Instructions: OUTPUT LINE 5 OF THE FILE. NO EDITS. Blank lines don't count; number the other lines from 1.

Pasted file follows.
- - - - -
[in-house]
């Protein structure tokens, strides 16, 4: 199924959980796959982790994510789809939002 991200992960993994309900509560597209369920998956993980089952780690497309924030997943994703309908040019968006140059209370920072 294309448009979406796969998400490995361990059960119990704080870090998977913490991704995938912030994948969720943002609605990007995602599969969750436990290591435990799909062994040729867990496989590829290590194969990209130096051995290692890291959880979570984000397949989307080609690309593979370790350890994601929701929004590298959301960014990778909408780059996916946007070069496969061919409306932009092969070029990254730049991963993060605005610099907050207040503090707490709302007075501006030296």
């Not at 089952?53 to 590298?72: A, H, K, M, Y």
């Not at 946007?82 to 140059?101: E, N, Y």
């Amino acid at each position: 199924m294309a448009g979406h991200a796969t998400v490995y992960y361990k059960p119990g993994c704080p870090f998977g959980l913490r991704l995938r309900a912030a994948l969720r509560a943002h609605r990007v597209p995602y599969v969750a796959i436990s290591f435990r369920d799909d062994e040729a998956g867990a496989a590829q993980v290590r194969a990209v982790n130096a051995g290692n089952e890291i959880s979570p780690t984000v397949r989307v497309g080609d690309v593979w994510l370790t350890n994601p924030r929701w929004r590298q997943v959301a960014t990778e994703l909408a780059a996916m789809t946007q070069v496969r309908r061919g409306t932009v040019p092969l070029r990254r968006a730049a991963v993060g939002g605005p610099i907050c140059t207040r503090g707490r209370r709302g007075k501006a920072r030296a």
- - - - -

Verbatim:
């Amino acid at each position: 199924m294309a448009g979406h991200a796969t998400v490995y992960y361990k059960p119990g993994c704080p870090f998977g959980l913490r991704l995938r309900a912030a994948l969720r509560a943002h609605r990007v597209p995602y599969v969750a796959i436990s290591f435990r369920d799909d062994e040729a998956g867990a496989a590829q993980v290590r194969a990209v982790n130096a051995g290692n089952e890291i959880s979570p780690t984000v397949r989307v497309g080609d690309v593979w994510l370790t350890n994601p924030r929701w929004r590298q997943v959301a960014t990778e994703l909408a780059a996916m789809t946007q070069v496969r309908r061919g409306t932009v040019p092969l070029r990254r968006a730049a991963v993060g939002g605005p610099i907050c140059t207040r503090g707490r209370r709302g007075k501006a920072r030296a």